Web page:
Definition and Overview
Rheumatoid arthritis, osteoarthritis, and chronic migraines are just some of the medical disorders that can cause severe pain. In the early stages, the pain can usually be managed using over-the-counter pain relief medications, such as non-steroidal anti-inflammatory drugs (NSAIDs). As the condition progresses, NSAIDs may no longer be effective, creating a need for a stronger form of pain medications such as pain medicine injection.
The idea of having an injection may not sound quite appealing to some people, but the promise of a longer pain-free period after the injection can easily change their minds. In some cases, the only alternative is to undergo surgery, which many want to avoid due to a wide range of risks and possible complications.
Pain medicine injections usually have a long-lasting effect. For example, corticosteroid medications that are injected into affected joints can provide pain relief for up to six months.
In addition to medical conditions, pain medicine injections can also be used to provide immediate relief from overuse and acute injuries, muscle pain, back pains, and even headaches.
Pain medicine injections can be categorized according to the part of the body they are used on -- joints, soft tissue, and nerves.
Joint injections, as the name suggests, are used to relieve joint pains. This type of medication is injected directly into the affected joint with the aid of an x-ray device to help the doctor guide the needle to the exact location.
Soft tissue injections are used to provide pain relief from a condition called bursitis, which is the inflammation of small fluid-filled sac located between the bones and tendons.
Nerve block injections relieve pain by preventing the pain signals from reaching the brain through the nerve pathways. These types of injections are normally used during surgery and will only be effective for a short period.
In addition to the three basic categories, pain medicine injections can also be used to relieve muscular pain, commonly referred to as trigger point injections. These types of injections help the muscles relax and also reduce inflammation. Trigger point injections are usually a combination of corticosteroid and anesthetics.
Who Should Undergo and Expected Results
Pain medicine injections are mostly prescribed to patients with severe or chronic pain that can no longer be relieved by NSAIDs. For chronic pain, injections would even be better than a long-term use of NSAIDs. The effects of pain medicine injections are often immediate, but in some cases it may take a few days. However, most of the time, the patient can expect pain relief for three to six months.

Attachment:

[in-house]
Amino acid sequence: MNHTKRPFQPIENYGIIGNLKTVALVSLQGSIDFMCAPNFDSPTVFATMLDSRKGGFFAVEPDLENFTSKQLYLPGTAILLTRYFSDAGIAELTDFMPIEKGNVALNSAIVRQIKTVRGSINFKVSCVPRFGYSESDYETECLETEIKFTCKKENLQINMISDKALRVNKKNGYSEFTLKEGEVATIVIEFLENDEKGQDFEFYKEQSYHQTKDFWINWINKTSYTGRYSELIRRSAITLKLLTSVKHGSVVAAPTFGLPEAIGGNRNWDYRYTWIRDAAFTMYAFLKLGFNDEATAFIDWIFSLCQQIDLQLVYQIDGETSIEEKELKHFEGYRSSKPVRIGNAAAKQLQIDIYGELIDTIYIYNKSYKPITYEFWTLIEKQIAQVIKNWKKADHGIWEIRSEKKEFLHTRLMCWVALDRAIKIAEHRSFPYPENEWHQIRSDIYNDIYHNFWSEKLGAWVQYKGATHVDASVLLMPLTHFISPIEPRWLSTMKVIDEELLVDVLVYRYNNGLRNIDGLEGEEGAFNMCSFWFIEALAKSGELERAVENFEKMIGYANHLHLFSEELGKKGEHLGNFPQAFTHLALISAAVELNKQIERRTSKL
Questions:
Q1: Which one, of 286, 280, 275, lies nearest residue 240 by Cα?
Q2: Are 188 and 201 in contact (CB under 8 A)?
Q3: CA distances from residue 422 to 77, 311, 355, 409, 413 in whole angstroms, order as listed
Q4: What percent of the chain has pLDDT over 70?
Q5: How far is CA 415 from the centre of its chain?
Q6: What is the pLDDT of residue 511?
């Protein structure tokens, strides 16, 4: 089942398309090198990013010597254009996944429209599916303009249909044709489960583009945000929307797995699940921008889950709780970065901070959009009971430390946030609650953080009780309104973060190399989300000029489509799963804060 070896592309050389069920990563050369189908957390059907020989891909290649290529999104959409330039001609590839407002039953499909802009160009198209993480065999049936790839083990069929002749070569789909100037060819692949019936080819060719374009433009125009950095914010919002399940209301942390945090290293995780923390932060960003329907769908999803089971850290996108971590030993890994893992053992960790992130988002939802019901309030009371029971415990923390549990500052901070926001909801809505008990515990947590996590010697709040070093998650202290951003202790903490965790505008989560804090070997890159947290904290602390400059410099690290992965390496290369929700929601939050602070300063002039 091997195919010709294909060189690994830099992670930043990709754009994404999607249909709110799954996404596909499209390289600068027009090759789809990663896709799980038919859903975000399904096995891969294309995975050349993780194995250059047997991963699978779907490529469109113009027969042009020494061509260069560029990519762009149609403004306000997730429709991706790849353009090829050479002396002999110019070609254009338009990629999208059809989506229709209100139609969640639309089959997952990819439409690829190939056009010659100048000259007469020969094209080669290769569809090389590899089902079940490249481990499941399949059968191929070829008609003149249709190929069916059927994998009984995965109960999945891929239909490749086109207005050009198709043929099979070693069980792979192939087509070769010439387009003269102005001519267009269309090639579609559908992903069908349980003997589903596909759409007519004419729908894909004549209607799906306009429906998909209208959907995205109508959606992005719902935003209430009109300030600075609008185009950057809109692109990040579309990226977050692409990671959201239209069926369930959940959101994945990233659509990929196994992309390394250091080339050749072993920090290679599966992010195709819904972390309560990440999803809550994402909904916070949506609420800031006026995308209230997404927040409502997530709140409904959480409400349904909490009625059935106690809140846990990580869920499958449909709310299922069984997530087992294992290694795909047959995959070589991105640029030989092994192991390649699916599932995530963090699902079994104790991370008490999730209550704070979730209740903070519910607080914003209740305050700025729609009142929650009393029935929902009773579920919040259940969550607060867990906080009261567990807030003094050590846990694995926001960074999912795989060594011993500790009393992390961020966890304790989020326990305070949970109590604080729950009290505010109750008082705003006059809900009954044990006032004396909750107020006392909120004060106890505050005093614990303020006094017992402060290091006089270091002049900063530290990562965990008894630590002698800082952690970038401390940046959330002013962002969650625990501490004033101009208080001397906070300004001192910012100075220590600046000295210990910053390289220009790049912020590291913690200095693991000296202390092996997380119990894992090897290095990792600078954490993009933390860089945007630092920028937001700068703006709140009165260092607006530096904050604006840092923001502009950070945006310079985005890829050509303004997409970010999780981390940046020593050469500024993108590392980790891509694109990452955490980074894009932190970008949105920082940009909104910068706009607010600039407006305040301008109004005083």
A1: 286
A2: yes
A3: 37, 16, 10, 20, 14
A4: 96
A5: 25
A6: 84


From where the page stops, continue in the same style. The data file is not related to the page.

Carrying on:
If you’re experiencing severe or chronic pain and concerned about the negative side effects of NSAIDs, it is best to talk to your doctor about pain medicine injections.
How Does the Procedure Work?
Only specialists that are trained to administer pain medicine injections are allowed to perform such procedures, especially if it is used to relieve joint pains. The process is often complicated and needs to be performed with precision, which is why X-ray devices are used to help the doctor guide the needle to the exact point where the medication should be injected.
Patients that are administered with a pain medicine injection normally undergo an observation period before being released to check for any adverse reactions.
Possible Complications and Risks
Pain medicine injections do have side effects, but not everybody who undergoes the procedure experiences them. The most common side effects or complications are infections, allergic reaction, hematoma, severe toxic reaction, confusion, and loss of consciousness.
Infections are usually the result of poor aftercare of the injected site. Thus, it is important to keep the area clean until the wound has fully healed.
Allergic reactions are uncommon, usually because patients are normally given an allergy test prior to the actual injection. However, some patients experience dizziness, vertigo, hypertension, anxiety, nausea, and tachycardia.
Severe toxic reaction usually occurs in the event of an overdose. This leads to loss of consciousness, hypotension, brachycardia, respiratory depression, and cardiac arrest. If the symptoms are not treated immediately, a severe toxic reaction can lead to complete respiratory and cardiovascular failure that could eventually resulting in death.
Aside from the possible complications, the procedure itself presents risks, which include direct neural damage. This usually happens due to the negligence of the practitioner or lack of skill. However, even highly skilled and experienced practitioners may cause the damage.
- Benzon, H. Raj's Practical Management of Pain, Mosby, 2008.
- Canale, S. Campbell's Operative Orthopedics, Mosby, 2008.
- American Academy of Neurology: "Assessment: Use of Epidural Steroid Injections to Treat Radicular Lumbosacral Pain."